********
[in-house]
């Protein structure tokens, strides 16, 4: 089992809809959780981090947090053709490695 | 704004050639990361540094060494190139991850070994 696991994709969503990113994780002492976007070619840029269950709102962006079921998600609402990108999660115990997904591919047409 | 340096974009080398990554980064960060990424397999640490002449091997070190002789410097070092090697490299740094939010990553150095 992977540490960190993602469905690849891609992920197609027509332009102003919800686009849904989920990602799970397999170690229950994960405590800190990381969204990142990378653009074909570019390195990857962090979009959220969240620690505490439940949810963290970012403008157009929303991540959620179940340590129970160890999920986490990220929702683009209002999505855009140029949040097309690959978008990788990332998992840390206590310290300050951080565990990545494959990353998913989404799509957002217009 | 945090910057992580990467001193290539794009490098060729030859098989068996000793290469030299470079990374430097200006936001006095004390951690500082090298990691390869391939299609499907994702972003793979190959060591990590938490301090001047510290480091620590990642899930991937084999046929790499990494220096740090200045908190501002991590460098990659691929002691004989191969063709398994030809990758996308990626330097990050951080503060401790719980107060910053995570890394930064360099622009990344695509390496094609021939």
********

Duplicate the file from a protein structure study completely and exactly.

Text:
[in-house]
């Protein structure tokens, strides 16, 4: 089992809809959780981090947090053709490695 | 704004050639990361540094060494190139991850070994 696991994709969503990113994780002492976007070619840029269950709102962006079921998600609402990108999660115990997904591919047409 | 340096974009080398990554980064960060990424397999640490002449091997070190002789410097070092090697490299740094939010990553150095 992977540490960190993602469905690849891609992920197609027509332009102003919800686009849904989920990602799970397999170690229950994960405590800190990381969204990142990378653009074909570019390195990857962090979009959220969240620690505490439940949810963290970012403008157009929303991540959620179940340590129970160890999920986490990220929702683009209002999505855009140029949040097309690959978008990788990332998992840390206590310290300050951080565990990545494959990353998913989404799509957002217009 | 945090910057992580990467001193290539794009490098060729030859098989068996000793290469030299470079990374430097200006936001006095004390951690500082090298990691390869391939299609499907994702972003793979190959060591990590938490301090001047510290480091620590990642899930991937084999046929790499990494220096740090200045908190501002991590460098990659691929002691004989191969063709398994030809990758996308990626330097990050951080503060401790719980107060910053995570890394930064360099622009990344695509390496094609021939």